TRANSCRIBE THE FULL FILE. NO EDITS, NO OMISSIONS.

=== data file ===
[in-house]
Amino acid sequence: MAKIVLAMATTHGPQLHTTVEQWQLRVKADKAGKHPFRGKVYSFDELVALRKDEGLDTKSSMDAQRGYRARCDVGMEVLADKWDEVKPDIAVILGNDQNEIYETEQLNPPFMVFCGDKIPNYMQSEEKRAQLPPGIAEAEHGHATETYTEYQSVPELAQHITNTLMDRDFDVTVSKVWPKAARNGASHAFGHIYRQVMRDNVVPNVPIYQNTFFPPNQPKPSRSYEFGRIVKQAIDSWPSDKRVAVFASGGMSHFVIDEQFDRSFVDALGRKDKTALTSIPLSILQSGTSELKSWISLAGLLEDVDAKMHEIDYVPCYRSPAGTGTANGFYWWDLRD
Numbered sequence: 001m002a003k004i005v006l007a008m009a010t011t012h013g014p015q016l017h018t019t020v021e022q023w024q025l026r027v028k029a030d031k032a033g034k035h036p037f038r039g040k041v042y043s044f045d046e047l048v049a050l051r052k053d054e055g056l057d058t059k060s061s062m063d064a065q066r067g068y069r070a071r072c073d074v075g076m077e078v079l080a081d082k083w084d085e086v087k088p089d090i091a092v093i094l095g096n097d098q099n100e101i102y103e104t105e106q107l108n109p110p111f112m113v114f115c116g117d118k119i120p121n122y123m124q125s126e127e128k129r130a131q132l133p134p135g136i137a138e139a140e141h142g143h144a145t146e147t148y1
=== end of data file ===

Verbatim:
[in-house]
Amino acid sequence: MAKIVLAMATTHGPQLHTTVEQWQLRVKADKAGKHPFRGKVYSFDELVALRKDEGLDTKSSMDAQRGYRARCDVGMEVLADKWDEVKPDIAVILGNDQNEIYETEQLNPPFMVFCGDKIPNYMQSEEKRAQLPPGIAEAEHGHATETYTEYQSVPELAQHITNTLMDRDFDVTVSKVWPKAARNGASHAFGHIYRQVMRDNVVPNVPIYQNTFFPPNQPKPSRSYEFGRIVKQAIDSWPSDKRVAVFASGGMSHFVIDEQFDRSFVDALGRKDKTALTSIPLSILQSGTSELKSWISLAGLLEDVDAKMHEIDYVPCYRSPAGTGTANGFYWWDLRD
Numbered sequence: 001m002a003k004i005v006l007a008m009a010t011t012h013g014p015q016l017h018t019t020v021e022q023w024q025l026r027v028k029a030d031k032a033g034k035h036p037f038r039g040k041v042y043s044f045d046e047l048v049a050l051r052k053d054e055g056l057d058t059k060s061s062m063d064a065q066r067g068y069r070a071r072c073d074v075g076m077e078v079l080a081d082k083w084d085e086v087k088p089d090i091a092v093i094l095g096n097d098q099n100e101i102y103e104t105e106q107l108n109p110p111f112m113v114f115c116g117d118k119i120p121n122y123m124q125s126e127e128k129r130a131q132l133p134p135g136i137a138e139a140e141h142g143h144a145t146e147t148y1